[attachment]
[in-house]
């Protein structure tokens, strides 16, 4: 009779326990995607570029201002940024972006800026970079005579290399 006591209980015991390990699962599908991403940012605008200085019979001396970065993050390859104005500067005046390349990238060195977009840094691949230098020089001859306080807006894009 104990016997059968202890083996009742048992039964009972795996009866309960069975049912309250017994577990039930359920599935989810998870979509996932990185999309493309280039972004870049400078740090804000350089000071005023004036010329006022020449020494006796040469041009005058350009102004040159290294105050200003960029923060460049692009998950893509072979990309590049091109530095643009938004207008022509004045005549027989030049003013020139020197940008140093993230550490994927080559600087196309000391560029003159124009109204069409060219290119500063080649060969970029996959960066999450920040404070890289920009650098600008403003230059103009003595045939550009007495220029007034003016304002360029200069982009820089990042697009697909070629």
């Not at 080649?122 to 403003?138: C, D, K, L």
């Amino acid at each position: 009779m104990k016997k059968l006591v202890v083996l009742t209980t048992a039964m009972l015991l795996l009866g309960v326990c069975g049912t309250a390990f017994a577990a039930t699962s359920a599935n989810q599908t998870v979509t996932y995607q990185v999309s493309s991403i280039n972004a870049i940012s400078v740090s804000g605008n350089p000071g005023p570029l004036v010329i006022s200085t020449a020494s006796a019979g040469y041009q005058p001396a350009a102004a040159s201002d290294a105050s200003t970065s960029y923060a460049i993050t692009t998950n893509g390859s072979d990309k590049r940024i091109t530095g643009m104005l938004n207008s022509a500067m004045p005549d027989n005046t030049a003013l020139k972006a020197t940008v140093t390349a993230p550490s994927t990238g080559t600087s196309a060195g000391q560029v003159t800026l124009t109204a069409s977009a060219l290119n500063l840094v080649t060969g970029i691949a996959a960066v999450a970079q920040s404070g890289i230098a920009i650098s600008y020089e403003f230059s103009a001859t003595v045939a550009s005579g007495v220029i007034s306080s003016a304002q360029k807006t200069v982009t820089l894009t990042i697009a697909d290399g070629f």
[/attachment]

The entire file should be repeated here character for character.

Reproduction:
[in-house]
């Protein structure tokens, strides 16, 4: 009779326990995607570029201002940024972006800026970079005579290399 006591209980015991390990699962599908991403940012605008200085019979001396970065993050390859104005500067005046390349990238060195977009840094691949230098020089001859306080807006894009 104990016997059968202890083996009742048992039964009972795996009866309960069975049912309250017994577990039930359920599935989810998870979509996932990185999309493309280039972004870049400078740090804000350089000071005023004036010329006022020449020494006796040469041009005058350009102004040159290294105050200003960029923060460049692009998950893509072979990309590049091109530095643009938004207008022509004045005549027989030049003013020139020197940008140093993230550490994927080559600087196309000391560029003159124009109204069409060219290119500063080649060969970029996959960066999450920040404070890289920009650098600008403003230059103009003595045939550009007495220029007034003016304002360029200069982009820089990042697009697909070629």
């Not at 080649?122 to 403003?138: C, D, K, L």
């Amino acid at each position: 009779m104990k016997k059968l006591v202890v083996l009742t209980t048992a039964m009972l015991l795996l009866g309960v326990c069975g049912t309250a390990f017994a577990a039930t699962s359920a599935n989810q599908t998870v979509t996932y995607q990185v999309s493309s991403i280039n972004a870049i940012s400078v740090s804000g605008n350089p000071g005023p570029l004036v010329i006022s200085t020449a020494s006796a019979g040469y041009q005058p001396a350009a102004a040159s201002d290294a105050s200003t970065s960029y923060a460049i993050t692009t998950n893509g390859s072979d990309k590049r940024i091109t530095g643009m104005l938004n207008s022509a500067m004045p005549d027989n005046t030049a003013l020139k972006a020197t940008v140093t390349a993230p550490s994927t990238g080559t600087s196309a060195g000391q560029v003159t800026l124009t109204a069409s977009a060219l290119n500063l840094v080649t060969g970029i691949a996959a960066v999450a970079q920040s404070g890289i230098a920009i650098s600008y020089e403003f230059s103009a001859t003595v045939a550009s005579g007495v220029i007034s306080s003016a304002q360029k807006t200069v982009t820089l894009t990042i697009a697909d290399g070629f």